Wisdom From Dixon Orchards

- July 1, 2011

"We need more environmentalists who know how to use a chainsaw and a bulldozer properly."

I watched the news last night and, for the first time, I heard someone talk about something other than fireworks issues (no brainer) or the number of acres burned, how hard the firefighters are working (rarely how much they are paid or what the total cost is), the percentage of containment (a vague number based on ?), how the Santa Fe watershed is safe (but the Nambe watershed is devastated) and the smoke.

An interview at the Dixon orchards, which was first reported to be safe and then was found to be devastated, was the first time I heard from someone close to the land who had a thought more piercing than the above banter.

He actually wondered why the forests had not been previously logged and thinned? The nerve -- to mention the unmentionable. Why not wisely use the forests and get the wood and biomass before the fires do and protect the surrounding areas at the same time?

How dare he mention this kind of stuff when we are in the midst of a crisis like this (which occurs every summer with varying size and location)?

How dare he suggest we create erosion in the forests with roads (ever looked at the erosion caused by these fires)? Doesn’t he know we are in serious drought (of course we were in serious drought in 2000-2001, 2004, 2006, and pretty much every year).

Doesn’t he understand our love of trees (he is part of one of the most celebrated orchards in this country)?

Isn’t he just ignoring the need to protect our wilderness (believe me these areas are not wilderness areas, including the Pecos wilderness, as they are the result of massive logging and poor management from 1850 to the present).

Maybe it is time to listen to some of these people and try something new, other than a steady diet of controlled burns (if only they knew when to light that match). Maybe it's time to and compare the millions of devastated acres to a network of very carefully thought out roads and access to the forests that would allow biomass fuel production (kind of a controlled burn wouldn’t you say?). It could be a way for the people to help out (rather than the easier job of hired hot shot firefighters, planes and fuel-guzzling helicopters who can really do very little under these conditions).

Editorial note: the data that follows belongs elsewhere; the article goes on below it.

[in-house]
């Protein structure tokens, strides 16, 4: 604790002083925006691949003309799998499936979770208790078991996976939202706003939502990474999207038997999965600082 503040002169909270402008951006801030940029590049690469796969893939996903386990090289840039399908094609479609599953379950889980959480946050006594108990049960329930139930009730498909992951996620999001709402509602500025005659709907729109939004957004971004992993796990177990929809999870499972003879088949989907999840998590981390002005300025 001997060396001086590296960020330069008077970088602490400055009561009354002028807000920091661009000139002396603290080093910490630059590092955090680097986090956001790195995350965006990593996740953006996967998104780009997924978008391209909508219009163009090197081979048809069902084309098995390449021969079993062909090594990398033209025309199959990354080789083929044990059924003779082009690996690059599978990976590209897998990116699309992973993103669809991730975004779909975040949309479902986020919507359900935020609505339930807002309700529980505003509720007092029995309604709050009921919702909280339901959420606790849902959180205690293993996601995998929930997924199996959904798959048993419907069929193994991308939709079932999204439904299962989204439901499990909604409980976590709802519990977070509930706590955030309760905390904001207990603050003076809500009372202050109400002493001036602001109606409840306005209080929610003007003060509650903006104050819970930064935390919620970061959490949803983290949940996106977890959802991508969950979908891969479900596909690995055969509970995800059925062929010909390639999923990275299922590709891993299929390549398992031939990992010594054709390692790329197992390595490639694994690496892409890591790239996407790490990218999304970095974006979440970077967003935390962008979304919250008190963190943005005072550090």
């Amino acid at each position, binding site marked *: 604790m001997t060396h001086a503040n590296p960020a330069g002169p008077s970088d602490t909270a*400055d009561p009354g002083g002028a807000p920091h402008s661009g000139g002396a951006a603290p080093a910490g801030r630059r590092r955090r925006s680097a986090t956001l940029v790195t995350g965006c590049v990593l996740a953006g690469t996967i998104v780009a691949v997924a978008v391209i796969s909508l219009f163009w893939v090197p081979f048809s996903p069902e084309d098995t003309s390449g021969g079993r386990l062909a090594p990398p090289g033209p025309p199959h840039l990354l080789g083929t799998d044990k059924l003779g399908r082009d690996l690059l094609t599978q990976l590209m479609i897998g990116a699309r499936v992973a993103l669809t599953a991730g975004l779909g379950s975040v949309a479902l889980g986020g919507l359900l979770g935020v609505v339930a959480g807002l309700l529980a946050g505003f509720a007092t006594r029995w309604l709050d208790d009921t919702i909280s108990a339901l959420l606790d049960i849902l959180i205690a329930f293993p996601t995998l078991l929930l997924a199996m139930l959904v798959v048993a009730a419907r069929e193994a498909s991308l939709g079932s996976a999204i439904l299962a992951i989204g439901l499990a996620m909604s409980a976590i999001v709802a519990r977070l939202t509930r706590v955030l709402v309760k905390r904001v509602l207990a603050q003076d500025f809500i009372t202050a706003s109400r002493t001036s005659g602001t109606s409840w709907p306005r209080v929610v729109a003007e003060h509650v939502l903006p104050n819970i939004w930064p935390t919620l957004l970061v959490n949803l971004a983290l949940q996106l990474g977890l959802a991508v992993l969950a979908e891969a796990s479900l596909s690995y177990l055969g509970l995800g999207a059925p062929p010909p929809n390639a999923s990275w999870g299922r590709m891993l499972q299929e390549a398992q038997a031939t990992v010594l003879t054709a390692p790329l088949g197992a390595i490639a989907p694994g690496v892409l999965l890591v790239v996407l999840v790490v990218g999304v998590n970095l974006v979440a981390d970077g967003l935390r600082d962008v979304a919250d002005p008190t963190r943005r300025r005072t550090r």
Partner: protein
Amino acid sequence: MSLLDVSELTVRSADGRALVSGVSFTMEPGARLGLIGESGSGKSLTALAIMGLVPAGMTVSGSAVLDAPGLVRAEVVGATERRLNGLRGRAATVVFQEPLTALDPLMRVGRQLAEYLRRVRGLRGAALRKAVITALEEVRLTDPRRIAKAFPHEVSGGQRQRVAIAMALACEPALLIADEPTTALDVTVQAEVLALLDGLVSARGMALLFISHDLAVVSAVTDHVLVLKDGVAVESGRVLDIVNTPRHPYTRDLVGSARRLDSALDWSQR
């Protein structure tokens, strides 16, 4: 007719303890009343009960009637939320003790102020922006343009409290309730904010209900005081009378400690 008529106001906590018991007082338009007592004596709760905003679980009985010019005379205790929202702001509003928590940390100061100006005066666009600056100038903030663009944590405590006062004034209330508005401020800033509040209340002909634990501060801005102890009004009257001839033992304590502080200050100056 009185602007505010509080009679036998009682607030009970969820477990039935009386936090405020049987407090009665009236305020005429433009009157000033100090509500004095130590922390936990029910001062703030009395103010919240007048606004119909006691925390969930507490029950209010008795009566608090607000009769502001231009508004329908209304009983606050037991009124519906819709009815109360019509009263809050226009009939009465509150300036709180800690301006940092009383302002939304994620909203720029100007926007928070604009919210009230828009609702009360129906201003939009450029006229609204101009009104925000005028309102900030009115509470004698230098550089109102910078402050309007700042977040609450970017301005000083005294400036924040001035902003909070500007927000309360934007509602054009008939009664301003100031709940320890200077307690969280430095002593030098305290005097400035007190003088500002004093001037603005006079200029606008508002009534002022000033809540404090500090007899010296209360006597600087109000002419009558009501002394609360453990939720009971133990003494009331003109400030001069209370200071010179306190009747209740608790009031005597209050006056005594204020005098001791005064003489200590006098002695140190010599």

All this is to appease the litigious guard dogs of the forests and the naïve enviros.

The solutions are right in front of us and represent billions and billions of btus that do not have to go up in smoke and can create jobs, a true environmentalist movement that is based on careful interaction with our forests, which represent the only thing that will prevent our civilization from collapsing. Imagine: thousands of young people in clear and purposeful interaction with the one thing that will save our economy.

Hmmm…..sounds like a plan.

At least the subject should be raised rather than tossing off such thoughts as "not cost effective" (as the price of gasoline goes up, the cost effectiveness changes, doesn’t it?). There is a wealth of ideas out there that have been worked out in detail and are close to being foolproof.

I would look up the work of Jean Pain for something that might be of interest to some and see that he was thinking of what to do in arid areas surrounded by forests. Check this out as well as the numerous other sources. "Read Away With All Pests" by Norman Bethune for some idea of what “the people” are capable of. As Henry David Thorea said, “….the world is bigger than our view of it!”

In the end, it is all about aesthetics, as many have suggested. When we solve the aesthetic problems (Santa Fe might be able to glom onto that idea), we are on the way to solving all the rest. I find the aesthetics of helicopters and burned out watershed to be almost untenable. How about you?

The forests are like the acequias and water rights: you don’t use them, you lose them. That was the "Law of the West." We need more environmentalists who know how to use a chainsaw and a bulldozer properly. Same goes for newscasters who reflect the air-conditioned response to the problems and the lack of clarity by urban people for a rural problem. We need more people who can protect the watershed, the viewshed, the soil, the air quality and our economy at the same time.

I pose the question: How many foresters do we have in the state? What is the nature of their jobs? Is this about competing with oil interests? Do most people know that utilizing biomass is carbon-neutral? As Einstein suggested, “problems cannot be solved at the same level of awareness that created them."

I might add that in the '70s, after a big fire in Bandalier and Los Alamos, they invited the populous to go into the area and collect wood and vigas that were left over. Why do they not do that anymore?  It was a wonderful community effort and economic boon.